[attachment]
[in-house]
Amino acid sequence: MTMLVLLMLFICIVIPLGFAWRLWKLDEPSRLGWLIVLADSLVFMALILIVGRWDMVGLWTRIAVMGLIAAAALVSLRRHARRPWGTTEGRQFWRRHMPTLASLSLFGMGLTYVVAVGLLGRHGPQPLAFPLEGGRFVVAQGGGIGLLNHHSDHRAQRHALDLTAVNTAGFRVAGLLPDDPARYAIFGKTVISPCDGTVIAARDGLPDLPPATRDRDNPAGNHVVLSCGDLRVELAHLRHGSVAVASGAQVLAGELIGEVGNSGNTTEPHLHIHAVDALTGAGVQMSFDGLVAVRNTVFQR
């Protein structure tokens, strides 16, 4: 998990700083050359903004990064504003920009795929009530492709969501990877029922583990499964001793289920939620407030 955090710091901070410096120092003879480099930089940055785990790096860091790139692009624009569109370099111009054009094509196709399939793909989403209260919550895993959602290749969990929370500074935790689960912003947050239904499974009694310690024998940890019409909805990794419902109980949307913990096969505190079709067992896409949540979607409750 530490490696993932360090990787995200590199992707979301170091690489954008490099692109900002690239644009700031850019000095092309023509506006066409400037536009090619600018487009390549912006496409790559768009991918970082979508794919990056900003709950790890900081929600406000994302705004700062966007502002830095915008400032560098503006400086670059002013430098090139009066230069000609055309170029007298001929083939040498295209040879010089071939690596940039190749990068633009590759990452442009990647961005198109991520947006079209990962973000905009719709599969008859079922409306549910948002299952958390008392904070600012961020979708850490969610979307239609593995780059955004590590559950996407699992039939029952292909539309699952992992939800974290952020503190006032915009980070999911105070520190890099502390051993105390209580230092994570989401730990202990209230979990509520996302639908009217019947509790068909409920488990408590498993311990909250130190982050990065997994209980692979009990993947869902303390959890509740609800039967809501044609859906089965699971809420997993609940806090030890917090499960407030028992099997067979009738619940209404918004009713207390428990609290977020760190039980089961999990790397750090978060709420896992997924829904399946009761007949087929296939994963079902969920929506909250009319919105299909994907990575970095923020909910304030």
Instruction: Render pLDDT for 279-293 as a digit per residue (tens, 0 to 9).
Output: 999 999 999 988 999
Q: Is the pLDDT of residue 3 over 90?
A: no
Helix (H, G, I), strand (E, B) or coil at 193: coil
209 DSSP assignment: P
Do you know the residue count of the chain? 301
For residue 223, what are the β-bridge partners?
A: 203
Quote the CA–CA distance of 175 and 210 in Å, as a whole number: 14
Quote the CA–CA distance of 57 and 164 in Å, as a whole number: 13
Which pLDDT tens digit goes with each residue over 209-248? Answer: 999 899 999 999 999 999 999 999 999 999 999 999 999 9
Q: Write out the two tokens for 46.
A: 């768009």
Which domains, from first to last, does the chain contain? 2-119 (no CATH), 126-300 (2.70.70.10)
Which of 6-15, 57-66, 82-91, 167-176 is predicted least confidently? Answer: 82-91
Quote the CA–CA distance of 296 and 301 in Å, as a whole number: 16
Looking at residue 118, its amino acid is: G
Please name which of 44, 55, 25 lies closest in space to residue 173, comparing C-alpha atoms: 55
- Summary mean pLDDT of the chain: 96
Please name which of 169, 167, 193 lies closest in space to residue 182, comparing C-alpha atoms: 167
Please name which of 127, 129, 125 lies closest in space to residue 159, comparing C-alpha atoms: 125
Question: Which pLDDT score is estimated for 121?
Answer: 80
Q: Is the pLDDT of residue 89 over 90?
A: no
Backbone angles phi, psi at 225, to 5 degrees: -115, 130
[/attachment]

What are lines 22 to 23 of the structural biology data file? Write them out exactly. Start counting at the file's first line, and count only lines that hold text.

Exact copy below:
Please name which of 44, 55, 25 lies closest in space to residue 173, comparing C-alpha atoms: 55
- Summary mean pLDDT of the chain: 96